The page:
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Next to the loch, even the rain came in waves. The only thing to do for the afternoon was stay indoors. For most, this meant a trip to the pub, where they would alternate smoking hand-rolled cigarettes with nursing a pint. And while they busied themselves, the dog stared out at the water.

I had found a cozy spot at the bar and spread my things out: moleskine, tea cup, saucer, tea pot. I reminded myself to ask for herbal tea because failure to specify resulted in the caffeinated breakfast tea typical of Scotland and England. Unlike the locals, I alternated between three things: writing, drinking tea in a desperate attempt to warm myself, and locking eyes with one rather handsome fisherman (during these moments, I imagined myself rowing onto the loch in the small rowboat that sat in front of the pub and “losing” an oar so he might rescue me).

The day passed like this. At dinnertime, the locals went home and I was left to have dinner on my own. But the line trickled back in again for more pints and smoking a short time later.

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The cook’s husband introduced me to his friend, a man named Murdock who had grown up on the island but now spent most of his time working in Britain. He was a linesman for an electric company. And, as is so stereotypical of the Scots, the more he drank, the harder he was to understand. Even the other natives looked confused.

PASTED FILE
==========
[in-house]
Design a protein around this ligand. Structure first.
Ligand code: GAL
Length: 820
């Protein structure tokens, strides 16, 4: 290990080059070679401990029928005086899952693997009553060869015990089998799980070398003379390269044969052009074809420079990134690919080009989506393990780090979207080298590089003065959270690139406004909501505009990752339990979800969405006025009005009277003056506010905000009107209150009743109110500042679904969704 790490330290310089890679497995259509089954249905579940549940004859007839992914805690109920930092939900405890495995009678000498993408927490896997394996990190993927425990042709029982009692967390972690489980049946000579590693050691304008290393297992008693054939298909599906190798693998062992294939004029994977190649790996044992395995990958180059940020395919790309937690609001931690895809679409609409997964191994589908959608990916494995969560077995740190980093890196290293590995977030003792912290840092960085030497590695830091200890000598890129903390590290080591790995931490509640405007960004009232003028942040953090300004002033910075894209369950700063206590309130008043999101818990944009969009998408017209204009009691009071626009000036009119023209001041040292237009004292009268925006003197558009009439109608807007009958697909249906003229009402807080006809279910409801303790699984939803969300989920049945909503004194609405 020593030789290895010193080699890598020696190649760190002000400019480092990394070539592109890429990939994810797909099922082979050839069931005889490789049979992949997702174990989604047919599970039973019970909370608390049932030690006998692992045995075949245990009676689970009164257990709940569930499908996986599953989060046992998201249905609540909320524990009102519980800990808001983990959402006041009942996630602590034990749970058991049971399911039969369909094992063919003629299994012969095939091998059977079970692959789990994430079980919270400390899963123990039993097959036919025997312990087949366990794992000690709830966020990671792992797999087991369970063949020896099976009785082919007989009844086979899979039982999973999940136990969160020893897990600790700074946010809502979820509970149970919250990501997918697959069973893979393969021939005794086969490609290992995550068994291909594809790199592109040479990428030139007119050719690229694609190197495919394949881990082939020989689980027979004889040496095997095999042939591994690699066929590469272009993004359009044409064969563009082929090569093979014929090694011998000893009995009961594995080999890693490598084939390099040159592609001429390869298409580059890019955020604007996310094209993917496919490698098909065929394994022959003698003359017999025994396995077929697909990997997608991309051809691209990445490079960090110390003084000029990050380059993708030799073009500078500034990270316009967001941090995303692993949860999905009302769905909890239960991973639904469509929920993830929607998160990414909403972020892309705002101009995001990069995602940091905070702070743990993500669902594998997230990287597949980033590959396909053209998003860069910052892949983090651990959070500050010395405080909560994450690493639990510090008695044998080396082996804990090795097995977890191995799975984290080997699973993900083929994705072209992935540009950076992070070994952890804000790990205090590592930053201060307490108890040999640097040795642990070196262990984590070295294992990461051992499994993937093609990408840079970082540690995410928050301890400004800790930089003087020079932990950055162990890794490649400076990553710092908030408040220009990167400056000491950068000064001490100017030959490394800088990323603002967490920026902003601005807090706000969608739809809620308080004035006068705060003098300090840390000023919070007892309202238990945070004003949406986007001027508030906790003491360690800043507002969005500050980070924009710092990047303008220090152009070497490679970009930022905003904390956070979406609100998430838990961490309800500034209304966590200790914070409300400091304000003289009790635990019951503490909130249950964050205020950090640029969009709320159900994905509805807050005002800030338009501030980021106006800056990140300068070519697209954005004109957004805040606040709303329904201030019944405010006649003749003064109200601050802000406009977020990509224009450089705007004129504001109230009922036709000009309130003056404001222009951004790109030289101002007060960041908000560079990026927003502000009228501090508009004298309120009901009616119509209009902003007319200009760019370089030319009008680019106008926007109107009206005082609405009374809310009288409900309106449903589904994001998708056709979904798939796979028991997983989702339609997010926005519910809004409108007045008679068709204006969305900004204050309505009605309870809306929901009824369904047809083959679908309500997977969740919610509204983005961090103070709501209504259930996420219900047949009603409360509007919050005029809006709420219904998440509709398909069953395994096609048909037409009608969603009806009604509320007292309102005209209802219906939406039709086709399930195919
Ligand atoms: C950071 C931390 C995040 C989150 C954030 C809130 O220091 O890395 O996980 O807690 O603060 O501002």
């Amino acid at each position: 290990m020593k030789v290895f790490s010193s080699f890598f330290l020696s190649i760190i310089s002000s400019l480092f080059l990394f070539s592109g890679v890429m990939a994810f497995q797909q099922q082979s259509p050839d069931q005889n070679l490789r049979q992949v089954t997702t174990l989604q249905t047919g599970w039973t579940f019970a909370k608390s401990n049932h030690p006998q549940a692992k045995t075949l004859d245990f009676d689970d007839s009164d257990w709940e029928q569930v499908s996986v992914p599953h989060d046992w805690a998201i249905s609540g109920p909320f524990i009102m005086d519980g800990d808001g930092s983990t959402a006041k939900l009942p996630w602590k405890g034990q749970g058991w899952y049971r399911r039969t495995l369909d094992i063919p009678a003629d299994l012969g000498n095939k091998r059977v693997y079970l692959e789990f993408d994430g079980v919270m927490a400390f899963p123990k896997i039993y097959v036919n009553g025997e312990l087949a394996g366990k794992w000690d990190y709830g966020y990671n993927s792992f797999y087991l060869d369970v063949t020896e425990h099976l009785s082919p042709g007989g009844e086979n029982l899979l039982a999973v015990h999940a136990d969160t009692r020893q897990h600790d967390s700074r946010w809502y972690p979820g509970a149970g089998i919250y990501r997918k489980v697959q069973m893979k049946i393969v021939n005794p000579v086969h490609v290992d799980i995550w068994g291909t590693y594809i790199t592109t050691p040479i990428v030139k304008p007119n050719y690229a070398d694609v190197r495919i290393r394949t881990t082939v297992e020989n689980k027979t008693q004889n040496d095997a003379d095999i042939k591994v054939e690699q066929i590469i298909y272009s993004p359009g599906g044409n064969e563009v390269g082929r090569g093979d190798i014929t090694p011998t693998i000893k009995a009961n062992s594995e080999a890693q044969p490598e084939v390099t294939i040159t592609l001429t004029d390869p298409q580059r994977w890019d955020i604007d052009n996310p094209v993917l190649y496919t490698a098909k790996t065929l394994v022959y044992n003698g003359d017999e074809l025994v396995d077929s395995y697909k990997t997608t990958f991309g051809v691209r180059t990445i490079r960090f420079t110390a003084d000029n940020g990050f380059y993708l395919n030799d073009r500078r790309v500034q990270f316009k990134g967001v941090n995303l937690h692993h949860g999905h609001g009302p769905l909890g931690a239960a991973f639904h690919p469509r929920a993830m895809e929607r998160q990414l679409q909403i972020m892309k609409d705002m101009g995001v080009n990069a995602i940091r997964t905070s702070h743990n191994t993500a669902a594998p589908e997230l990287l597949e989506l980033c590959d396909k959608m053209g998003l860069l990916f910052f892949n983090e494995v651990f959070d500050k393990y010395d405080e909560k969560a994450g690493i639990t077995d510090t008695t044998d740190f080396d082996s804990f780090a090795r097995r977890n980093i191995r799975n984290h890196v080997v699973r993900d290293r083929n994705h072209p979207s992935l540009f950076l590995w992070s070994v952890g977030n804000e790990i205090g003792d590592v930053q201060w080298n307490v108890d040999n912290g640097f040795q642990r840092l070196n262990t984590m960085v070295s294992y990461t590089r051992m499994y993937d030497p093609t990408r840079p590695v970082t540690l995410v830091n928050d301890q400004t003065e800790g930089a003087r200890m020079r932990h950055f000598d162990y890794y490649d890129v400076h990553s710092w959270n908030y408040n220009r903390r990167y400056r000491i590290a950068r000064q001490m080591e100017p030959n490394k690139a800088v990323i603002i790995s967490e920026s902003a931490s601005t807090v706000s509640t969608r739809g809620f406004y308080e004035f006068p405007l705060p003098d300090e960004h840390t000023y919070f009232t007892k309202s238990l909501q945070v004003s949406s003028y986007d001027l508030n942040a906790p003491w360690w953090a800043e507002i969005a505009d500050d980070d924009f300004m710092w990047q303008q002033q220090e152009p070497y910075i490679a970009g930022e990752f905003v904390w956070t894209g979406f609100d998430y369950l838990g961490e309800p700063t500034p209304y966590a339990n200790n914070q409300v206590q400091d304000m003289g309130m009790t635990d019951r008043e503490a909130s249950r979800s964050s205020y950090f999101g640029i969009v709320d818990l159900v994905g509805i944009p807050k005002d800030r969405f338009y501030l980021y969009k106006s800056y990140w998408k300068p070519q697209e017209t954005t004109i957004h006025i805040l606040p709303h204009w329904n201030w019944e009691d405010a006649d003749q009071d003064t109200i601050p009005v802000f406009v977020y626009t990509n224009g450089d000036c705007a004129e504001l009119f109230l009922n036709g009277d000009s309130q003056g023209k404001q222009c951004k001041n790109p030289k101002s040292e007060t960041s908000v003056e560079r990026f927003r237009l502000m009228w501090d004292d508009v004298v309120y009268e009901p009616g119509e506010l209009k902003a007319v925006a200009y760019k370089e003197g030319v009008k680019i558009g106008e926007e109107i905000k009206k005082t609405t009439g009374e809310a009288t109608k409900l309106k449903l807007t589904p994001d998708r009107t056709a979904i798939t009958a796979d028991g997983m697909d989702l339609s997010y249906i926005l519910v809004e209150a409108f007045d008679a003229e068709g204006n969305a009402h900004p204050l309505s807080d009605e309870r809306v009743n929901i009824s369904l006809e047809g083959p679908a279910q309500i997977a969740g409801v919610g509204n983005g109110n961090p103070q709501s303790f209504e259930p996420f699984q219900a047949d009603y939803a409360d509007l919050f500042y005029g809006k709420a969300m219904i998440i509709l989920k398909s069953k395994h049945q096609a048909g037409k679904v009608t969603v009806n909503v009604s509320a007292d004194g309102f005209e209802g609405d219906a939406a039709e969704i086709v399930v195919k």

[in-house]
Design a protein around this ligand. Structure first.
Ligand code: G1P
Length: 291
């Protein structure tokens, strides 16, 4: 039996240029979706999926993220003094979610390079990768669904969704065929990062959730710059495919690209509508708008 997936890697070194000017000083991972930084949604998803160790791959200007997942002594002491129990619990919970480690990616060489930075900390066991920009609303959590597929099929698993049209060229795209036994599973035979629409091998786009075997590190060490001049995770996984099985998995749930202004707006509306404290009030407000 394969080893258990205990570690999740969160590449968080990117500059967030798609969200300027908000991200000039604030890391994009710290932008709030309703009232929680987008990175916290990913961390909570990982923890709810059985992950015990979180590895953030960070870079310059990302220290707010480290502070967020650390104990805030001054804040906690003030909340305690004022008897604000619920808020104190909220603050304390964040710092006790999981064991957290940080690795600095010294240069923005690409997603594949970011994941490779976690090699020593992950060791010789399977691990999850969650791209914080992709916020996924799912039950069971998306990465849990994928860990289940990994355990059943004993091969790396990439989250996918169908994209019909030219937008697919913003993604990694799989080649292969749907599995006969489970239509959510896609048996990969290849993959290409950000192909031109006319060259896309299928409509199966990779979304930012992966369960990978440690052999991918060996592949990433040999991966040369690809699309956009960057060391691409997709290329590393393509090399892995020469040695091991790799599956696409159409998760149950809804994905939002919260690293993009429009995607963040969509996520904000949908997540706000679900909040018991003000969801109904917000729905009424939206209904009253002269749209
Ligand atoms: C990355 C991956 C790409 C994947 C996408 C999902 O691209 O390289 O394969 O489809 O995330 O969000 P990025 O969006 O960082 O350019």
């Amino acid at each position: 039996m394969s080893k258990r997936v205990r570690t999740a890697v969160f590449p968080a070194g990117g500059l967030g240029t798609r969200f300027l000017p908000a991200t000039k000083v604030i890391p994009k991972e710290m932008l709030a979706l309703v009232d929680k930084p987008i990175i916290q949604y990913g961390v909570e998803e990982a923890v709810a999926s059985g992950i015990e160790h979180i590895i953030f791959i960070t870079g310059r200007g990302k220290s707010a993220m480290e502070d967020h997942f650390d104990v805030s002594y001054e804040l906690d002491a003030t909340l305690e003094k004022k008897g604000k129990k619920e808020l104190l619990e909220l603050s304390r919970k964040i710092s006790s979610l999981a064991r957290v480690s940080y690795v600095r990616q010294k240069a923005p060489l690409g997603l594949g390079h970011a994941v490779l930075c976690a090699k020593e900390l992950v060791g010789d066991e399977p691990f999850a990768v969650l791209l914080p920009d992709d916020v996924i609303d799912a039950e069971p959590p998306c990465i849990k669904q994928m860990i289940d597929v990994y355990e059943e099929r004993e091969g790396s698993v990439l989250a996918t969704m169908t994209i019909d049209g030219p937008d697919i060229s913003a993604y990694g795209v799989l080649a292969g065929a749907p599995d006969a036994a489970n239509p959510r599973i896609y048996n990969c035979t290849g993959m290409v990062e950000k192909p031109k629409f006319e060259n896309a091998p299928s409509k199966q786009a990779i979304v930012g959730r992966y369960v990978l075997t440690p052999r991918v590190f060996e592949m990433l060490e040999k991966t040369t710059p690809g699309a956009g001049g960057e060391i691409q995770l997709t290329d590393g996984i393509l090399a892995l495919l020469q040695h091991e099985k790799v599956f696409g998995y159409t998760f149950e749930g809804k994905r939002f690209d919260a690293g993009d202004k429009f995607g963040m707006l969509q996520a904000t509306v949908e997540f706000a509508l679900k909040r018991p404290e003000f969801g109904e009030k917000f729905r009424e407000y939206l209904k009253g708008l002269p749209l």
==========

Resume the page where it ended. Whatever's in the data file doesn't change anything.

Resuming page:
But amidst the drink and music and smoking, he and I had one of the most raw conversations I’ve ever had with a stranger. Murdock had asked me why people in the States are so focused on money and salaries. I didn’t know how to respond at first. His observation seemed true, in a general way. Of course, there would always be exceptions, but particularly where I was living, money and status were important. I told him that I thought maybe community had something to do with it. I had noticed the strength of community during my travels in Scotland and, before that, Ireland. I speculated that without strong community ties to support us and make us happy, we needed some other way of measuring happiness. Money was simply easiest. We quantify objects, experiences, even emotions. Perhaps I was wrong, but there seemed to be something truly special about community.

Murdock then told me how the company he worked for lost four men in the past few months. These men were putting up new broadband internet lines. It’s a dangerous job, not that most people think too much about it. He asked me if faster internet was worth the lives of four men. His face was somber and I could read his heart ache.

My heart hurt. “No. No, it’s not.” I could barely manage the words.

And I thought about the price of progress, and all the lives that had been lost, all the lives that we continue to lose for faster internet or more advanced electronics. We don’t always see the effects our obsession with stuff has, we don’t know who gets hurt in the process. We forget how interdependent we are, how the small communities we create aren’t that small anymore.